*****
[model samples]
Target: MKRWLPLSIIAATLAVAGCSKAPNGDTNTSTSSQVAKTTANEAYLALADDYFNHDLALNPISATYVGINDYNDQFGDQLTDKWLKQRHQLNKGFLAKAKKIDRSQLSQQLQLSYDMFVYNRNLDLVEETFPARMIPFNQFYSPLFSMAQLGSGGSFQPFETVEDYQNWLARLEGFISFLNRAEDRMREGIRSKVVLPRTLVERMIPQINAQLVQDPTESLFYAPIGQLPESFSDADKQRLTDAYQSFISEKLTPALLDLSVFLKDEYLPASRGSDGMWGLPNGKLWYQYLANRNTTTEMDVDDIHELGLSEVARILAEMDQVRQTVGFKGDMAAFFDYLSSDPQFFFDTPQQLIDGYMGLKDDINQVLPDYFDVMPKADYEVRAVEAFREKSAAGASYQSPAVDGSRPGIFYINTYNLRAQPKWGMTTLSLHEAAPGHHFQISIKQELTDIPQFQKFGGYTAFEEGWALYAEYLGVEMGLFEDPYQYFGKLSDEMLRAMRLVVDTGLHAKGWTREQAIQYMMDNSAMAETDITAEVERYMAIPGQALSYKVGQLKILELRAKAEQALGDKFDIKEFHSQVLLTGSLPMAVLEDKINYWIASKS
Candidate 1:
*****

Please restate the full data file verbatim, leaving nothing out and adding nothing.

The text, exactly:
[model samples]
Target: MKRWLPLSIIAATLAVAGCSKAPNGDTNTSTSSQVAKTTANEAYLALADDYFNHDLALNPISATYVGINDYNDQFGDQLTDKWLKQRHQLNKGFLAKAKKIDRSQLSQQLQLSYDMFVYNRNLDLVEETFPARMIPFNQFYSPLFSMAQLGSGGSFQPFETVEDYQNWLARLEGFISFLNRAEDRMREGIRSKVVLPRTLVERMIPQINAQLVQDPTESLFYAPIGQLPESFSDADKQRLTDAYQSFISEKLTPALLDLSVFLKDEYLPASRGSDGMWGLPNGKLWYQYLANRNTTTEMDVDDIHELGLSEVARILAEMDQVRQTVGFKGDMAAFFDYLSSDPQFFFDTPQQLIDGYMGLKDDINQVLPDYFDVMPKADYEVRAVEAFREKSAAGASYQSPAVDGSRPGIFYINTYNLRAQPKWGMTTLSLHEAAPGHHFQISIKQELTDIPQFQKFGGYTAFEEGWALYAEYLGVEMGLFEDPYQYFGKLSDEMLRAMRLVVDTGLHAKGWTREQAIQYMMDNSAMAETDITAEVERYMAIPGQALSYKVGQLKILELRAKAEQALGDKFDIKEFHSQVLLTGSLPMAVLEDKINYWIASKS
Candidate 1: